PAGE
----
El Nino Watch Called as Odds Grow of Weather-Shifting Event

By Brian K. Sullivan | April 14, 2023

US government forecasters issued an El Nino watch as the odds increased that the weather-changing phenomenon will arise over the Pacific Ocean, raising the prospects of a below-average Atlantic hurricane season as well as heavy rains and searing heat across multiple regions of the globe.

The US Climate Prediction Center raised the likelihood of an El Nino emerging between August and October to 74% from 61% a month ago. El Nino is when the equatorial Pacific warms and reacts with the atmosphere to disrupt weather patterns. One common knock-on effect is increased wind shear in the Caribbean tearing at budding hurricanes there.

“The latest model guidance came out and it was impressive,” said Michelle L’Heureux, a forecaster with the Climate Prediction Center. “Our Spidey sense perks up when we are seeing a lot of model agreement.”

Colorado State University is calling for a below-average 13 named storms in the Atlantic this year, in part because of the possibility of El Nino. Six of those systems could become hurricanes, and of those two may reach major status with winds of 111 miles (179 kilometers) per hour or more, by the time the six-month Atlantic season ends on Nov. 30.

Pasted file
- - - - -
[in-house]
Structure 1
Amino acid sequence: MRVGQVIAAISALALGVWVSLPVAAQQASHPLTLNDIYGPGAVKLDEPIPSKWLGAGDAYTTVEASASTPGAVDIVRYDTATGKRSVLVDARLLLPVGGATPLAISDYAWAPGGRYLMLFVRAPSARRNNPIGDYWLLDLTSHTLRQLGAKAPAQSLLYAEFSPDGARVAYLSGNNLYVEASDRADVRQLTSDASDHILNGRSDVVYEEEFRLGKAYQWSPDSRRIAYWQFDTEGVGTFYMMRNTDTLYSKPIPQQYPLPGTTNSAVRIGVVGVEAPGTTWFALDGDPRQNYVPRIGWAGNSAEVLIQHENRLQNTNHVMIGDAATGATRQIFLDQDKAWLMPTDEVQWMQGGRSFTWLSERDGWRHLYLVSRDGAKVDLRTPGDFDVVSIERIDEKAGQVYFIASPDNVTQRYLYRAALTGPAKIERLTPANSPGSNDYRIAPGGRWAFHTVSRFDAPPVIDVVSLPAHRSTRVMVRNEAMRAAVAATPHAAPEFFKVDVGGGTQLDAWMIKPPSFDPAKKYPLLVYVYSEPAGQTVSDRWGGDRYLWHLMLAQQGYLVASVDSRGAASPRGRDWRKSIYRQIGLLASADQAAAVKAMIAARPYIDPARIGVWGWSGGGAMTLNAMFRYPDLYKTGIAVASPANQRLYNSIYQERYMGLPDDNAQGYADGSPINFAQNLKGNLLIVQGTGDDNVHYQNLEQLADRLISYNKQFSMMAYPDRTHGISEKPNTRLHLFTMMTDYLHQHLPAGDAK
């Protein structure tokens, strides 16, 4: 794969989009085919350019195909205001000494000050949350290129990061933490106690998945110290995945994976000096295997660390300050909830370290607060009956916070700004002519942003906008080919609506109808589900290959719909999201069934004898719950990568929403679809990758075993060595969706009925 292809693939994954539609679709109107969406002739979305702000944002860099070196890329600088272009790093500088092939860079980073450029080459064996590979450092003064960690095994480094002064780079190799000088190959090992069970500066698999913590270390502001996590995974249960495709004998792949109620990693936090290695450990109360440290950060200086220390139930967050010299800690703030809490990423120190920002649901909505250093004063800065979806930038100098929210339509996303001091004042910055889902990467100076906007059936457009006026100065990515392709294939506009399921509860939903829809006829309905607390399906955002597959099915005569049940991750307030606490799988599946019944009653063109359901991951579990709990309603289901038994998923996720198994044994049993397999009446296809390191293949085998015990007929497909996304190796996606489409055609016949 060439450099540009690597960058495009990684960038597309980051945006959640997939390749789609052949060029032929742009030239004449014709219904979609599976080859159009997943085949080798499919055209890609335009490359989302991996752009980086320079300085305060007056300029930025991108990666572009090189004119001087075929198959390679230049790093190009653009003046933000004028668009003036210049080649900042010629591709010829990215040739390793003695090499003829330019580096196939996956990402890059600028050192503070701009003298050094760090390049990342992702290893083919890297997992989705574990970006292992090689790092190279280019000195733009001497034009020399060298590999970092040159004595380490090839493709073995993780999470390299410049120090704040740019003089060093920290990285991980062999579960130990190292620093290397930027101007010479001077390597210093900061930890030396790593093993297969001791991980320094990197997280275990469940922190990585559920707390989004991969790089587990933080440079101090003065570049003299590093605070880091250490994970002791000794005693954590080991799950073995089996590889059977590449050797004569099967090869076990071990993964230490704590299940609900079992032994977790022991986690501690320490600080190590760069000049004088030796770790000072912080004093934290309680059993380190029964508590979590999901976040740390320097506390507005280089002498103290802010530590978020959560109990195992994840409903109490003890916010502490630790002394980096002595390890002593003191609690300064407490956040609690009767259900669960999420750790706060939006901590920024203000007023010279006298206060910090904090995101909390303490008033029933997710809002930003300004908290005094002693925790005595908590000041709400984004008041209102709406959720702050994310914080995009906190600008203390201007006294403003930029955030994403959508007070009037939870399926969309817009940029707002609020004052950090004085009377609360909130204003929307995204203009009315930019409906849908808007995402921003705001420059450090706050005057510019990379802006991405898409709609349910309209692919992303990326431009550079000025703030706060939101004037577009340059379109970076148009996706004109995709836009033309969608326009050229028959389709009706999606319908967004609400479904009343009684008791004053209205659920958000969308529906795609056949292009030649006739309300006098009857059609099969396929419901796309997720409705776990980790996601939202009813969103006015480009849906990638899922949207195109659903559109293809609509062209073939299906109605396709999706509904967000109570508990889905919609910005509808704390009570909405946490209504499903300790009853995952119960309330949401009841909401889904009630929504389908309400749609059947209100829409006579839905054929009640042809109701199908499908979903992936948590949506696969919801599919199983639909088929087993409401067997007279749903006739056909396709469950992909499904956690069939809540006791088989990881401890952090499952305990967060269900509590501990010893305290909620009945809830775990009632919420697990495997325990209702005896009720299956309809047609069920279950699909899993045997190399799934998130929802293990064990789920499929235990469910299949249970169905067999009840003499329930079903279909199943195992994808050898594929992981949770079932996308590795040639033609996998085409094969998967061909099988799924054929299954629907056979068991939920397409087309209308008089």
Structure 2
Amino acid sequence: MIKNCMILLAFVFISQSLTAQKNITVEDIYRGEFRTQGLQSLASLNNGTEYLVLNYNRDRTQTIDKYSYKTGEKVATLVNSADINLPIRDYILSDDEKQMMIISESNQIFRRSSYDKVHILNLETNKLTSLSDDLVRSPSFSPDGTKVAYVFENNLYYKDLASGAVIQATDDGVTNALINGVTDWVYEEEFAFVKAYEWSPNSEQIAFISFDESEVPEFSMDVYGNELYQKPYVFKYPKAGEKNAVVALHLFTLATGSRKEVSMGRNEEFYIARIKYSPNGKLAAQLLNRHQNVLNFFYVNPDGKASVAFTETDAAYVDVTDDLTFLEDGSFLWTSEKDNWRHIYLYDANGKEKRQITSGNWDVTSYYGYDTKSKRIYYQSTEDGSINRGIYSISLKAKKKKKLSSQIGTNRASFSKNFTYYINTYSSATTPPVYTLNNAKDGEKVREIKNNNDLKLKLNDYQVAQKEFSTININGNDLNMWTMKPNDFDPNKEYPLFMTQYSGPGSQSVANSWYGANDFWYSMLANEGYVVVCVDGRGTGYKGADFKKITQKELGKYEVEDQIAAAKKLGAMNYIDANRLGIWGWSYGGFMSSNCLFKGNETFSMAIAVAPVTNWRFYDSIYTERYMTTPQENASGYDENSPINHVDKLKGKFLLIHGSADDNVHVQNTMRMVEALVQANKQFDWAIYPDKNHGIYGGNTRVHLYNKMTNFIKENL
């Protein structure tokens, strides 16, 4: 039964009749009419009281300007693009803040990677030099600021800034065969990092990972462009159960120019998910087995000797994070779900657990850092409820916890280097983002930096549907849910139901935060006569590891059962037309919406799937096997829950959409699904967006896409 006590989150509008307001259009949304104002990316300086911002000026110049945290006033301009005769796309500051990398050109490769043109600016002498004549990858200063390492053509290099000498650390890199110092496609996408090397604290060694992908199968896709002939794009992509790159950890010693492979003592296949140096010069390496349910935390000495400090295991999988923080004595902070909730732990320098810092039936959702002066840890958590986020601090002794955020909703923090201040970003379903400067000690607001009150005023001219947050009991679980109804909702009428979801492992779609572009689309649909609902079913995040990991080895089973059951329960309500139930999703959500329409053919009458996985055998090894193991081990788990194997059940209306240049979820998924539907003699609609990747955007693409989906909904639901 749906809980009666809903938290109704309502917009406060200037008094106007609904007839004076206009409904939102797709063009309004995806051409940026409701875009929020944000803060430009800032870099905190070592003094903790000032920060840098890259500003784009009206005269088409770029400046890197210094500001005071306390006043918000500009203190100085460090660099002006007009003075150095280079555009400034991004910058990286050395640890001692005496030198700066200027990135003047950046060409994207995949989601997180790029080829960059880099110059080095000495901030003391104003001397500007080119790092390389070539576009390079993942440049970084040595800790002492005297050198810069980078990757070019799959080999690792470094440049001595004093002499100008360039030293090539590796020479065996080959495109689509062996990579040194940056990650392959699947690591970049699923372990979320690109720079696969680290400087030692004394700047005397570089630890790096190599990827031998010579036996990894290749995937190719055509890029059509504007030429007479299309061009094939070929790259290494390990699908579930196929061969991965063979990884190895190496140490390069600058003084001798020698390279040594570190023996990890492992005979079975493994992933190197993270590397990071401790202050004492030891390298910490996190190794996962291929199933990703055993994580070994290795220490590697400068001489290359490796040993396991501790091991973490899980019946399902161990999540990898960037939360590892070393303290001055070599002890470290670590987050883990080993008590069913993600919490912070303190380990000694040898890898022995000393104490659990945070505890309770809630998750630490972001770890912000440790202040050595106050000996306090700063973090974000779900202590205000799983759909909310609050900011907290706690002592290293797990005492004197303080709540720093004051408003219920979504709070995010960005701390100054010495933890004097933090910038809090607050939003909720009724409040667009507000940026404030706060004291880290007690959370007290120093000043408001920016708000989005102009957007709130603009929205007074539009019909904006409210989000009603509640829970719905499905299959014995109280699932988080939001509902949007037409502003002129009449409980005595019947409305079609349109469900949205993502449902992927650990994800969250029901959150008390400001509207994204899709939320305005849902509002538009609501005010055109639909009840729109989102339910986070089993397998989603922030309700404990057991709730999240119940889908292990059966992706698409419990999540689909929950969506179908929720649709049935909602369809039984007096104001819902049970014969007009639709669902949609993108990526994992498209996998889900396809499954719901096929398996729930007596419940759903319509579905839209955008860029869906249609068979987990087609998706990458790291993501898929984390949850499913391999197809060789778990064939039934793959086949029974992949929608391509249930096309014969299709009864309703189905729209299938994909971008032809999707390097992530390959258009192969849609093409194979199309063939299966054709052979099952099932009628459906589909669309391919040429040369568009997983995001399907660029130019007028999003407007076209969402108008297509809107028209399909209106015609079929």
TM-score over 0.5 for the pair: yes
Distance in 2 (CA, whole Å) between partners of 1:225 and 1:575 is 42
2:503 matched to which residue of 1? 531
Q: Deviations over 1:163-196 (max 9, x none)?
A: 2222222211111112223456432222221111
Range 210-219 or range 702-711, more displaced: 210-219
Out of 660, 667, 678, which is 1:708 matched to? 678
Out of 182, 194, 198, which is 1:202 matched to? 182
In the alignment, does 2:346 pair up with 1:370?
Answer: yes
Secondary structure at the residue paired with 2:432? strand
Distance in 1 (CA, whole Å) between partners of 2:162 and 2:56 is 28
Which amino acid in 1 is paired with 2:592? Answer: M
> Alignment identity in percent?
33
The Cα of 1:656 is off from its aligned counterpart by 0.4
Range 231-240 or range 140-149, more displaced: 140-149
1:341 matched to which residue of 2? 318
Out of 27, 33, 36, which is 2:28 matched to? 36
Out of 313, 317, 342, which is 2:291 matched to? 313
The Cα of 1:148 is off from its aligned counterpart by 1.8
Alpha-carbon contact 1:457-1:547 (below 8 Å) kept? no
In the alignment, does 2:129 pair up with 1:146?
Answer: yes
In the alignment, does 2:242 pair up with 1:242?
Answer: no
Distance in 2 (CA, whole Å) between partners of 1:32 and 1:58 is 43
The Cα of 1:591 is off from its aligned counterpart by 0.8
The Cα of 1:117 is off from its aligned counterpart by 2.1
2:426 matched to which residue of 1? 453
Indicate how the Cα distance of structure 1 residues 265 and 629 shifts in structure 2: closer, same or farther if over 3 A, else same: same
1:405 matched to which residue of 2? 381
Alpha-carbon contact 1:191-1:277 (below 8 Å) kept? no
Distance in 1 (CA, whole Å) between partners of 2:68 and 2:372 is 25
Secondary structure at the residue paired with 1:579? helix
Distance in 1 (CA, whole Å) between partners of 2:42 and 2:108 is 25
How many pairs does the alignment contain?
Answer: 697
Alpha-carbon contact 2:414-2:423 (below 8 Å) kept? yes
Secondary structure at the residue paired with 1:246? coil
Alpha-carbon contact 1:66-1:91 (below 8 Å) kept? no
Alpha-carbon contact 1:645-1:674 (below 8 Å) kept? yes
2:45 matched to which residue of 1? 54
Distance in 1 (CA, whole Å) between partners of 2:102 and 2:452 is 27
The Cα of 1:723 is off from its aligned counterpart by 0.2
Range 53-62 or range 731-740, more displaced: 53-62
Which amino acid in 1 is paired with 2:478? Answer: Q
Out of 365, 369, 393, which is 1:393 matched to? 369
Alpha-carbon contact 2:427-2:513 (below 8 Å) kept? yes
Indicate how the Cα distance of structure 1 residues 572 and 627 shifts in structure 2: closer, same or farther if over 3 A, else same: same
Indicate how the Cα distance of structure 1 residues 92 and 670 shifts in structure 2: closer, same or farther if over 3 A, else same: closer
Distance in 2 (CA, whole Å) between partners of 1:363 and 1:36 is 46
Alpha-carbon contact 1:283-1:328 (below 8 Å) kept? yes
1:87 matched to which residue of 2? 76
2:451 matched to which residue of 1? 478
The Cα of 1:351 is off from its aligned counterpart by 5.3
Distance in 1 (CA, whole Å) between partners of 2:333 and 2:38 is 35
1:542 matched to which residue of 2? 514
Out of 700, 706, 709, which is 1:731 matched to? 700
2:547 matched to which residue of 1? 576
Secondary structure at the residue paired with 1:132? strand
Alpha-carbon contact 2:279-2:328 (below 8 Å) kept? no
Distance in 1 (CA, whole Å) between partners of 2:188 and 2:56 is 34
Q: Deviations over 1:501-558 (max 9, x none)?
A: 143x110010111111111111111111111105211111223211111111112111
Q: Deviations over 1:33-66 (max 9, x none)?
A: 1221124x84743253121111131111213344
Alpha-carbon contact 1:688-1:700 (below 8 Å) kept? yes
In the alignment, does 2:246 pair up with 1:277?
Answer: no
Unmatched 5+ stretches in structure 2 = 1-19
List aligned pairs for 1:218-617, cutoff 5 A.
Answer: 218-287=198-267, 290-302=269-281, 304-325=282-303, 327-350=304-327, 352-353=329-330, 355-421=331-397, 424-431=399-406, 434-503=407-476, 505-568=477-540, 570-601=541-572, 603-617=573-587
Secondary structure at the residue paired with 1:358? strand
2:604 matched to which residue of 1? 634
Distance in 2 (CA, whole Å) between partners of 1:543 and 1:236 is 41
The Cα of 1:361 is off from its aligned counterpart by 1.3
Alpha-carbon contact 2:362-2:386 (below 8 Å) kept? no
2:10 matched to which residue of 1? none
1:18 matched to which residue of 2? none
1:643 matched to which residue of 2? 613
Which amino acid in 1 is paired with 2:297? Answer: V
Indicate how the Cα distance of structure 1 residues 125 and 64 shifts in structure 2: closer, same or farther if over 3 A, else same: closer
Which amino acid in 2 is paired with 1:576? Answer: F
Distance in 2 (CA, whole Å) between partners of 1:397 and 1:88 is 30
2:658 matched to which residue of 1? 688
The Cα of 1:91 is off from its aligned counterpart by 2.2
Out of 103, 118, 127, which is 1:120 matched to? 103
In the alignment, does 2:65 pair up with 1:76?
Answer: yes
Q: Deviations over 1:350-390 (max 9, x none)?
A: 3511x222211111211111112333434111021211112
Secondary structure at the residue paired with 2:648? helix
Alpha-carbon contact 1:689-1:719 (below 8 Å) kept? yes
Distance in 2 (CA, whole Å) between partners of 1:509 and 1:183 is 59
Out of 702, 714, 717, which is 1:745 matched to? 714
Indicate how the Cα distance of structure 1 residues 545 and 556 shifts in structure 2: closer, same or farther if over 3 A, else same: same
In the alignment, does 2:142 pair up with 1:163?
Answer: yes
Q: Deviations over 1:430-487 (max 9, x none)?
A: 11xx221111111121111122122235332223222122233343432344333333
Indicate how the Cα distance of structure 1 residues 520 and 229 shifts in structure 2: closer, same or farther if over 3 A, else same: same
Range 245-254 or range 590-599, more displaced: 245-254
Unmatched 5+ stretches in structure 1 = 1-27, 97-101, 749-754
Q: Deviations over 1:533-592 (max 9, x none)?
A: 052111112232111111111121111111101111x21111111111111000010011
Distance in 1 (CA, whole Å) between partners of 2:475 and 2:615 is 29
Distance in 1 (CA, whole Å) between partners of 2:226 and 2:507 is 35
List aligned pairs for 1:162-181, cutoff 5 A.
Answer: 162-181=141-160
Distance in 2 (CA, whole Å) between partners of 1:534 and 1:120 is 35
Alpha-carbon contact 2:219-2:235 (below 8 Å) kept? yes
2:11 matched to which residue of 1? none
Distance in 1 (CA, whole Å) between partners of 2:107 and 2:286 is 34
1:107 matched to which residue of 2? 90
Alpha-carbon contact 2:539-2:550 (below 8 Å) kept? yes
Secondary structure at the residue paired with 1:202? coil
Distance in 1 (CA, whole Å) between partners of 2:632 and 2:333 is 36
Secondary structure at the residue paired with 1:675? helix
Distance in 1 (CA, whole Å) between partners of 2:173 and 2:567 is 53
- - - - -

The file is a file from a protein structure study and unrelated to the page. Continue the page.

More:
A storm is named when its winds reach tropical-storm strength of 39 mph.

In addition to blunting the frequency of Atlantic hurricanes, El Nino could bring relief to drought-parched areas of Argentina and the southern US while blanketing parts of Asia and Australia with hotter, drier conditions. Coffee, tea, and cocoa crops would be especially vulnerable.

L’Heureux cautioned that models at this time of the year have a higher chance of being wrong. “We don’t quite have 20-20 vision in the spring and we are working with incomplete information,” she said.

Was this article valuable?

Here are more articles you may enjoy.